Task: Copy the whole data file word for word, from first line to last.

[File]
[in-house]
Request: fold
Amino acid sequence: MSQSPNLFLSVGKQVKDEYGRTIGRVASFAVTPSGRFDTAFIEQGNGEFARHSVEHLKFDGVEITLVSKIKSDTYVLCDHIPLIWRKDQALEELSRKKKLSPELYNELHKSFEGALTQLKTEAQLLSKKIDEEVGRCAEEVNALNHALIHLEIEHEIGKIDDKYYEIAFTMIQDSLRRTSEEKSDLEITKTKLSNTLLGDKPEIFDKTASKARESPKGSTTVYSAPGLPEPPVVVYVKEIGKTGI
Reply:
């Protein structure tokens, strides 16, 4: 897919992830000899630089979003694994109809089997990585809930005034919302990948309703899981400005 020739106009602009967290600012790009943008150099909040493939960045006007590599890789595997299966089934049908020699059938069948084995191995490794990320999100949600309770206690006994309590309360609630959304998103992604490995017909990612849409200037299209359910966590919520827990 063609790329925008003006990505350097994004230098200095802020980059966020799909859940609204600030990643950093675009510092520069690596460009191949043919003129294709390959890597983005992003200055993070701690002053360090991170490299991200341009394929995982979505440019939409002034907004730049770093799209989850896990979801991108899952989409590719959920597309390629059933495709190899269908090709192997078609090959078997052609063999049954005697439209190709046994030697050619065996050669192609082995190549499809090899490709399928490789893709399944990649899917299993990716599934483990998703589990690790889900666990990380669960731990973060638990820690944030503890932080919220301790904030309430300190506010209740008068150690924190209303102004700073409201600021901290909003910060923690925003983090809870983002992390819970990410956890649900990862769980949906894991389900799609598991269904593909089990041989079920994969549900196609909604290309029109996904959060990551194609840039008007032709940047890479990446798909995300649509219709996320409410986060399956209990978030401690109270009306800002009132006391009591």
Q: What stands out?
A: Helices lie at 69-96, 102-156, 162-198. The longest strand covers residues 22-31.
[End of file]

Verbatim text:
[in-house]
Request: fold
Amino acid sequence: MSQSPNLFLSVGKQVKDEYGRTIGRVASFAVTPSGRFDTAFIEQGNGEFARHSVEHLKFDGVEITLVSKIKSDTYVLCDHIPLIWRKDQALEELSRKKKLSPELYNELHKSFEGALTQLKTEAQLLSKKIDEEVGRCAEEVNALNHALIHLEIEHEIGKIDDKYYEIAFTMIQDSLRRTSEEKSDLEITKTKLSNTLLGDKPEIFDKTASKARESPKGSTTVYSAPGLPEPPVVVYVKEIGKTGI
Reply:
């Protein structure tokens, strides 16, 4: 897919992830000899630089979003694994109809089997990585809930005034919302990948309703899981400005 020739106009602009967290600012790009943008150099909040493939960045006007590599890789595997299966089934049908020699059938069948084995191995490794990320999100949600309770206690006994309590309360609630959304998103992604490995017909990612849409200037299209359910966590919520827990 063609790329925008003006990505350097994004230098200095802020980059966020799909859940609204600030990643950093675009510092520069690596460009191949043919003129294709390959890597983005992003200055993070701690002053360090991170490299991200341009394929995982979505440019939409002034907004730049770093799209989850896990979801991108899952989409590719959920597309390629059933495709190899269908090709192997078609090959078997052609063999049954005697439209190709046994030697050619065996050669192609082995190549499809090899490709399928490789893709399944990649899917299993990716599934483990998703589990690790889900666990990380669960731990973060638990820690944030503890932080919220301790904030309430300190506010209740008068150690924190209303102004700073409201600021901290909003910060923690925003983090809870983002992390819970990410956890649900990862769980949906894991389900799609598991269904593909089990041989079920994969549900196609909604290309029109996904959060990551194609840039008007032709940047890479990446798909995300649509219709996320409410986060399956209990978030401690109270009306800002009132006391009591």
Q: What stands out?
A: Helices lie at 69-96, 102-156, 162-198. The longest strand covers residues 22-31.